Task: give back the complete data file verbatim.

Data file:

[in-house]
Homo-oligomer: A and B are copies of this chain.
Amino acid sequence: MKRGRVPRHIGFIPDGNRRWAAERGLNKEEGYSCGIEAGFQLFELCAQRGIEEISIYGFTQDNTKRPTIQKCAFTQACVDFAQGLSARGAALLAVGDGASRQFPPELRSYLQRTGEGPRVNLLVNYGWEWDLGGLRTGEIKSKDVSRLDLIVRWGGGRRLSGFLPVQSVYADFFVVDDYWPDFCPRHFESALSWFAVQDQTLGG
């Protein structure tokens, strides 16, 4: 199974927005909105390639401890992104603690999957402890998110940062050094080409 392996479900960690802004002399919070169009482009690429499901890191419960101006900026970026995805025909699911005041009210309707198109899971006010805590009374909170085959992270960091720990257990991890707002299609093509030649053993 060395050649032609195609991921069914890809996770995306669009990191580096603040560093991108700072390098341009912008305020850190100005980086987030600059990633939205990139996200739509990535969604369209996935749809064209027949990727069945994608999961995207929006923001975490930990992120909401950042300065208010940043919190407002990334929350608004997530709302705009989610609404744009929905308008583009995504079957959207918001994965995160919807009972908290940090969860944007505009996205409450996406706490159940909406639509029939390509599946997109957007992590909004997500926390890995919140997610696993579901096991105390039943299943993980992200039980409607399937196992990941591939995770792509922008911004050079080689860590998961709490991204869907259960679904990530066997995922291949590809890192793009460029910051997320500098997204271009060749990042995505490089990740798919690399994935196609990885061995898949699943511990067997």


[in-house]
Homo-oligomer: A and B are copies of this chain.
Amino acid sequence: MKRGRVPRHIGFIPDGNRRWAAERGLNKEEGYSCGIEAGFQLFELCAQRGIEEISIYGFTQDNTKRPTIQKCAFTQACVDFAQGLSARGAALLAVGDGASRQFPPELRSYLQRTGEGPRVNLLVNYGWEWDLGGLRTGEIKSKDVSRLDLIVRWGGGRRLSGFLPVQSVYADFFVVDDYWPDFCPRHFESALSWFAVQDQTLGG
């Protein structure tokens, strides 16, 4: 199974927005909105390639401890992104603690999957402890998110940062050094080409 392996479900960690802004002399919070169009482009690429499901890191419960101006900026970026995805025909699911005041009210309707198109899971006010805590009374909170085959992270960091720990257990991890707002299609093509030649053993 060395050649032609195609991921069914890809996770995306669009990191580096603040560093991108700072390098341009912008305020850190100005980086987030600059990633939205990139996200739509990535969604369209996935749809064209027949990727069945994608999961995207929006923001975490930990992120909401950042300065208010940043919190407002990334929350608004997530709302705009989610609404744009929905308008583009995504079957959207918001994965995160919807009972908290940090969860944007505009996205409450996406706490159940909406639509029939390509599946997109957007992590909004997500926390890995919140997610696993579901096991105390039943299943993980992200039980409607399937196992990941591939995770792509922008911004050079080689860590998961709490991204869907259960679904990530066997995922291949590809890192793009460029910051997320500098997204271009060749990042995505490089990740798919690399994935196609990885061995898949699943511990067997």